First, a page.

Financial Market
Year         Victim           Perpetrator          Mechanism
                                                Borrow money
                                                from banks on a
     Public buyers of                           ready forward
     shares of                                  basis thus
     companies dealt       Harshad Mehta,       violating RBI
     with by               Hiten Dalal,         guidelines and          Clearing and
     manipulators,         Batliwala &          dealing in security     settlement
1991 National Housing      Karani, M/s V.B.     transactions with       problems
     Bank, State Bank      Desai, N.K.          banks where issue       (systemic risks),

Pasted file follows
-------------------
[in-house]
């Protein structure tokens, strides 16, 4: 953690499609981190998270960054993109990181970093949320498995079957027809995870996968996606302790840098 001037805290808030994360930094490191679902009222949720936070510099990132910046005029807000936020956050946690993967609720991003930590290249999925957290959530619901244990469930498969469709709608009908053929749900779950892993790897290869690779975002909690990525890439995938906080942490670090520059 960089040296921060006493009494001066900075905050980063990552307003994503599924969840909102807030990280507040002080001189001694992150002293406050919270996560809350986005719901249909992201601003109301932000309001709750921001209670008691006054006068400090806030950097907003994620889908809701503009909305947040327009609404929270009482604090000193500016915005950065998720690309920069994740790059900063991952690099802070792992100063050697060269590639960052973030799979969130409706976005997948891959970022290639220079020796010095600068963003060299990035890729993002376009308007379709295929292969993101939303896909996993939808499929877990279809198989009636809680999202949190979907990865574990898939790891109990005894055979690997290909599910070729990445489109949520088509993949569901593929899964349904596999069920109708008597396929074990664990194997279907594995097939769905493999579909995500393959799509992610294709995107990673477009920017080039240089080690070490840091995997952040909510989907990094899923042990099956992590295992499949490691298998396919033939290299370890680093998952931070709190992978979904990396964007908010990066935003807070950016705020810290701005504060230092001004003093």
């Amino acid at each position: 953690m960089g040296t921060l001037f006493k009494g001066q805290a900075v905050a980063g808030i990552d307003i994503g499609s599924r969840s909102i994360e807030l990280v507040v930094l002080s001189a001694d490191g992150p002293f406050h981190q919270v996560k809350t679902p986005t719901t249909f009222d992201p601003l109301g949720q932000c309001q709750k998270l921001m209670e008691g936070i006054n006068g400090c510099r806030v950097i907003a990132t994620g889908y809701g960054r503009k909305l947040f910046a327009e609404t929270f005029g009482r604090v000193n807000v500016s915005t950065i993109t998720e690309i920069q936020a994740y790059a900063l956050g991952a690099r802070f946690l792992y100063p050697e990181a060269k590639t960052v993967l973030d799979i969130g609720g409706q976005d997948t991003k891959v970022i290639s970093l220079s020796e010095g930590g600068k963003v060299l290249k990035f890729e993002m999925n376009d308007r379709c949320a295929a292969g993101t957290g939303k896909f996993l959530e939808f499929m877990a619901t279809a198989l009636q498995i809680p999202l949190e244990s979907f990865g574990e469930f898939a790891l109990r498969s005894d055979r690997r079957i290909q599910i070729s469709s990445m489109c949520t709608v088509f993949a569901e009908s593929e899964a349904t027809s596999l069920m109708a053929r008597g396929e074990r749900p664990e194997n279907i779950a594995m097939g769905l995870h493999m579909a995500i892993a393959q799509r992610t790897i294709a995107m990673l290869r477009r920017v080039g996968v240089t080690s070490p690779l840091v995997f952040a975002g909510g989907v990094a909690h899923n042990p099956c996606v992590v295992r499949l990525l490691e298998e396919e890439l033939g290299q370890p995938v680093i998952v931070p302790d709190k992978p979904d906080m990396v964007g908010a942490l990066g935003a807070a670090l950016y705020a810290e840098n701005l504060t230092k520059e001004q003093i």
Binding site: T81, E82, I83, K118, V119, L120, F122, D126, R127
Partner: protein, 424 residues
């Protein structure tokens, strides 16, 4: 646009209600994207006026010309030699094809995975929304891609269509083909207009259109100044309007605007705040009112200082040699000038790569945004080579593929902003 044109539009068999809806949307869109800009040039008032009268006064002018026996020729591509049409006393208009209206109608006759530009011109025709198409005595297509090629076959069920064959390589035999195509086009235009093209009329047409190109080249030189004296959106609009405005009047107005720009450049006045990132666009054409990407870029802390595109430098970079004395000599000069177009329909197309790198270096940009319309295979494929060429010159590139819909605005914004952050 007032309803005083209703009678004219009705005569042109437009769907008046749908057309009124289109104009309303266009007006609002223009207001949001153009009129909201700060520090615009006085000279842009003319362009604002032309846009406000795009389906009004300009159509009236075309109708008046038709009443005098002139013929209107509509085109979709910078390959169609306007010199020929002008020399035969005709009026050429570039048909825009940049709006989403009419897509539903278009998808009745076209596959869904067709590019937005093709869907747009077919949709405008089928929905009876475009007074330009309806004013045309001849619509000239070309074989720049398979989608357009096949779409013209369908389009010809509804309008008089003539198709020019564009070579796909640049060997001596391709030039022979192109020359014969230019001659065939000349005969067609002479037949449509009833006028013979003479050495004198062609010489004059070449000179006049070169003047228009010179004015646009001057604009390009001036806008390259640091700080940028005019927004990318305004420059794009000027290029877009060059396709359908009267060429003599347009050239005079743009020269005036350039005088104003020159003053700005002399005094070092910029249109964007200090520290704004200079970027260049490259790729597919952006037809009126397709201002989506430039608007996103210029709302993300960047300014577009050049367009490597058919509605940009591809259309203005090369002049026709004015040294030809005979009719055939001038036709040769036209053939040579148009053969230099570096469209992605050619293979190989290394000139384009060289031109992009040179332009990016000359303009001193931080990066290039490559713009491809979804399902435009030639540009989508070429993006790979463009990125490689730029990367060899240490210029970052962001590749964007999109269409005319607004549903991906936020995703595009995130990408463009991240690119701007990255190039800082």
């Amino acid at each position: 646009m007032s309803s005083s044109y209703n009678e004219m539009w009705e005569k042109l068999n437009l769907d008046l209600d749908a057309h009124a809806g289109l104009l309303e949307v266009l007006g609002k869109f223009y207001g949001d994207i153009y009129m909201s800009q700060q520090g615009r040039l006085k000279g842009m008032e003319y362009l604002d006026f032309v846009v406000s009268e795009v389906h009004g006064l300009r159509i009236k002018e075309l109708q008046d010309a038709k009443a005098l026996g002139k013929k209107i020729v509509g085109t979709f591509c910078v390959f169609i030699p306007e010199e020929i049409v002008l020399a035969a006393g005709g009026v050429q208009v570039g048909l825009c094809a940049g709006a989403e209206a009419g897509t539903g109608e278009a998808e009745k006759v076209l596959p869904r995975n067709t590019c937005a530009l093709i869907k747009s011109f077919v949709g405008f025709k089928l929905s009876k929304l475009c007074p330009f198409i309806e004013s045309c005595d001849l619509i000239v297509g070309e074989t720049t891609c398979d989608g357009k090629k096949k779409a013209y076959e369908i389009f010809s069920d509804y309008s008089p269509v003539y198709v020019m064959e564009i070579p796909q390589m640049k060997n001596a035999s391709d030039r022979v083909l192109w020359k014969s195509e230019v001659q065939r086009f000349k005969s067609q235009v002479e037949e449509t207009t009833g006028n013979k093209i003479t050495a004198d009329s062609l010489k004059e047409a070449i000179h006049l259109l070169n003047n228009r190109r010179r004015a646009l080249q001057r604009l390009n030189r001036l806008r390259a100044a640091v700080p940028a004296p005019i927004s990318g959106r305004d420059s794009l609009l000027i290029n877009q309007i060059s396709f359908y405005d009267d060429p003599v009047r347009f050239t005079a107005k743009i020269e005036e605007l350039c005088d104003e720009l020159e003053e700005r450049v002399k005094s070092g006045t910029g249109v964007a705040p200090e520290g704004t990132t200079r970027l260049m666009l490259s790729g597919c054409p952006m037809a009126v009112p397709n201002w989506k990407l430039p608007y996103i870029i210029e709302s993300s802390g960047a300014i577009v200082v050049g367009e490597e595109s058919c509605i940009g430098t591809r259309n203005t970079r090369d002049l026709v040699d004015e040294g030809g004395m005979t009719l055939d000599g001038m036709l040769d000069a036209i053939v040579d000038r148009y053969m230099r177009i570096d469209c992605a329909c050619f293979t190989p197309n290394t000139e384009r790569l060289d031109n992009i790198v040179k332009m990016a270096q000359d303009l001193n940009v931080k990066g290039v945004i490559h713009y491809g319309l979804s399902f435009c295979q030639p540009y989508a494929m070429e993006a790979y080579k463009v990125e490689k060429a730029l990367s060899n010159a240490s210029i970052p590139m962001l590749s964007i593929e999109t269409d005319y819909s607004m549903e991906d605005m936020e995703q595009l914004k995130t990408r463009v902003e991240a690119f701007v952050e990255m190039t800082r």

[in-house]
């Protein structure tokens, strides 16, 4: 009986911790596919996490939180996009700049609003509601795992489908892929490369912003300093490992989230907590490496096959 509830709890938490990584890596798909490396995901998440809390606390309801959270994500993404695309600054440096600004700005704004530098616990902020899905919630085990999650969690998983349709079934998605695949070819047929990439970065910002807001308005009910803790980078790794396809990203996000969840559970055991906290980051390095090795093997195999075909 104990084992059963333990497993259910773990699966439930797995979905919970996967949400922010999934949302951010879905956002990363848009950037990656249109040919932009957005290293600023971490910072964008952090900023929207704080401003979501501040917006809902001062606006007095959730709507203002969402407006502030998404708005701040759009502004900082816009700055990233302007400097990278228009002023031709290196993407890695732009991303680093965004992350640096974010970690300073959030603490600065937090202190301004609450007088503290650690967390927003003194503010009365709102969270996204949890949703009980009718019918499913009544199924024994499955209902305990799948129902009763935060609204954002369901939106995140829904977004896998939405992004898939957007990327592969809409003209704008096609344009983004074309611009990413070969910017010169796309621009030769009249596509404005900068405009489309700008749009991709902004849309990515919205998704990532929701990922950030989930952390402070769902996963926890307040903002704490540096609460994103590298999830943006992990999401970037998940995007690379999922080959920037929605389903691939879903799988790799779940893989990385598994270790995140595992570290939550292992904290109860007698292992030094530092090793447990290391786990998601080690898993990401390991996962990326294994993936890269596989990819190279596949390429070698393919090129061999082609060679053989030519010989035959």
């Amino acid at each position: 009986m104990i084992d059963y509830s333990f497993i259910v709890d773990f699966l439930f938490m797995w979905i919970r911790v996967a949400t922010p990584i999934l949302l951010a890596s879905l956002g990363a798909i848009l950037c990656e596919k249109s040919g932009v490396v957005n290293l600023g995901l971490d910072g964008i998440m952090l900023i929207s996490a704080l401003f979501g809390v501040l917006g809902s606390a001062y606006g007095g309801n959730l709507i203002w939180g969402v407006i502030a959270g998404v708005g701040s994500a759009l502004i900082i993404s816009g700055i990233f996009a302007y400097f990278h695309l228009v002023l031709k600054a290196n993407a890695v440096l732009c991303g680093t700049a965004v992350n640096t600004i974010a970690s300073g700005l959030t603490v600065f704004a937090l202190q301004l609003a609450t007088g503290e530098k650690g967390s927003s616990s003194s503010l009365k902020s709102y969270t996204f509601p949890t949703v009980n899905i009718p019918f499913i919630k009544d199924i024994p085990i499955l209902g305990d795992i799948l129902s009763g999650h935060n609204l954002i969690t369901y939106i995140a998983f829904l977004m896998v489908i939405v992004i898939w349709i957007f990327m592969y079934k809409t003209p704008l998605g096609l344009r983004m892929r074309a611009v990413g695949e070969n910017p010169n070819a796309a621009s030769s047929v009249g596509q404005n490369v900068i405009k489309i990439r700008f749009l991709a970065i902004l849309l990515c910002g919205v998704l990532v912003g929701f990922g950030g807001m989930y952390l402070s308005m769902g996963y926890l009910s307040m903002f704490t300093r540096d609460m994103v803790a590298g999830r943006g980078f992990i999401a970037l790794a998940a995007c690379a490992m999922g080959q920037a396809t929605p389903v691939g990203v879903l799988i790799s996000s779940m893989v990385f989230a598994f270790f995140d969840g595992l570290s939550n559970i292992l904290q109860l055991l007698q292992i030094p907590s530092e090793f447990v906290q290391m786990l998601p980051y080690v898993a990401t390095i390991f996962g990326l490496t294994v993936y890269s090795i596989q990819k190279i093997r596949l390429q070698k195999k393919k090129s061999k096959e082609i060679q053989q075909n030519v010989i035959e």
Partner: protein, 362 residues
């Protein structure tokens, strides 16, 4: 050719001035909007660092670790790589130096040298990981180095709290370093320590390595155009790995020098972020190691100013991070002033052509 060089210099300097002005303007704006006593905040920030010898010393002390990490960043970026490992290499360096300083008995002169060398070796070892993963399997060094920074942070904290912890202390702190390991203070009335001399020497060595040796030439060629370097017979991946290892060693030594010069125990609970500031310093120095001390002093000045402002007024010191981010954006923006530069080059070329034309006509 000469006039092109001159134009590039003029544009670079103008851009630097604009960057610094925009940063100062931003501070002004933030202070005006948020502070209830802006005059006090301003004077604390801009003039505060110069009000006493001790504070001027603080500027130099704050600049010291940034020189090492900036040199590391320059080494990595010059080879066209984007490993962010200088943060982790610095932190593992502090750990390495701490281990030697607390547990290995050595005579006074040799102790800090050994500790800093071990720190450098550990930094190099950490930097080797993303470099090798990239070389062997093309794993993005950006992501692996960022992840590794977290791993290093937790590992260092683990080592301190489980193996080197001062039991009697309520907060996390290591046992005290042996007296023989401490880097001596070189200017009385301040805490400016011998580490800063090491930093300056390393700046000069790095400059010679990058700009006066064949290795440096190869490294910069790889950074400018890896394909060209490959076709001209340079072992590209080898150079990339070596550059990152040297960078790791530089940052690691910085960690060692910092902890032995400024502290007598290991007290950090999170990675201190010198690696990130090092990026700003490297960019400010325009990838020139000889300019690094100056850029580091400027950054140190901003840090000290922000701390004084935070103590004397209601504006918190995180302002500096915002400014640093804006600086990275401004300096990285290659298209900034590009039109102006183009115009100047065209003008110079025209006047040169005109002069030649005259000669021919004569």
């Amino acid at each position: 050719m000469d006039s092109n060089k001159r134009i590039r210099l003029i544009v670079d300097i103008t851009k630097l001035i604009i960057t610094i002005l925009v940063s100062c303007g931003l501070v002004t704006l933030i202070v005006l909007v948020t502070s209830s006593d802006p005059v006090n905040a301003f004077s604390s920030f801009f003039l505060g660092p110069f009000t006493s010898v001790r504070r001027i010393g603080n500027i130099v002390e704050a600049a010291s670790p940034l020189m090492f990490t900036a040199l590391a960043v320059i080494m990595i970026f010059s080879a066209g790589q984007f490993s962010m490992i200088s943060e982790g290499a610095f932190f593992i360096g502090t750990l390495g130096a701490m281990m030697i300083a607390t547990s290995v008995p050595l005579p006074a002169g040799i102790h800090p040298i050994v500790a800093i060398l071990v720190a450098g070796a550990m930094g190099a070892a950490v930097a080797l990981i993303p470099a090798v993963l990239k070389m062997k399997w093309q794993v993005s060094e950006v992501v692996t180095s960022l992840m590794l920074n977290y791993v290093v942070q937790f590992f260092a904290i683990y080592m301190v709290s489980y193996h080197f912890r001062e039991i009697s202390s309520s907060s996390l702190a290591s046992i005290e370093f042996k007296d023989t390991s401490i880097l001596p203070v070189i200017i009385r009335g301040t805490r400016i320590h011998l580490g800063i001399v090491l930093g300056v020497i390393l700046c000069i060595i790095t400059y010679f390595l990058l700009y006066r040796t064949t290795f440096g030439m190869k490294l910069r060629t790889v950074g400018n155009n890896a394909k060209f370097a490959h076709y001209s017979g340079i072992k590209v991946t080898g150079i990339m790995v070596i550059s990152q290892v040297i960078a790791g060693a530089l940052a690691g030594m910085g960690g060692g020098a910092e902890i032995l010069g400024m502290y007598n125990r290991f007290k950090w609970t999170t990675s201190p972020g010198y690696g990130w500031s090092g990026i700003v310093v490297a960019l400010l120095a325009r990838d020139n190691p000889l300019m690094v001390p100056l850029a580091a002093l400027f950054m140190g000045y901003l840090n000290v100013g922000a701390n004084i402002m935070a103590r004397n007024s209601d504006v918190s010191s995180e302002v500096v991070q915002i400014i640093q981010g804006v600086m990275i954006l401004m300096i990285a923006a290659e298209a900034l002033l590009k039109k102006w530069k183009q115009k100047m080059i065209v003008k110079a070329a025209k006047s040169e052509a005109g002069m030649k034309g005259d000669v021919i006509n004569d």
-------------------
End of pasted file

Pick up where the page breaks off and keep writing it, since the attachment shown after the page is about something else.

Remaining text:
of Saurashtra, SBI    Aggarwala & Co.,     of bank receipts        Money laundering
     Capital Markets       Mukesh Babu etc.     and SGL forms
     Ltd, Standard                              were not
     Chartered Bank                             supported by
                                                genuine holding of

Appendix 2 – Theoretical Origins of the Best Practice Literature

                                   Focus                              Best Practice
                                                              Determine the mission
                                                               and purpose

                                                              Approve and monitor
                                                               organization’s programs
                                                               and services
Agency Theory       Separating ownership and control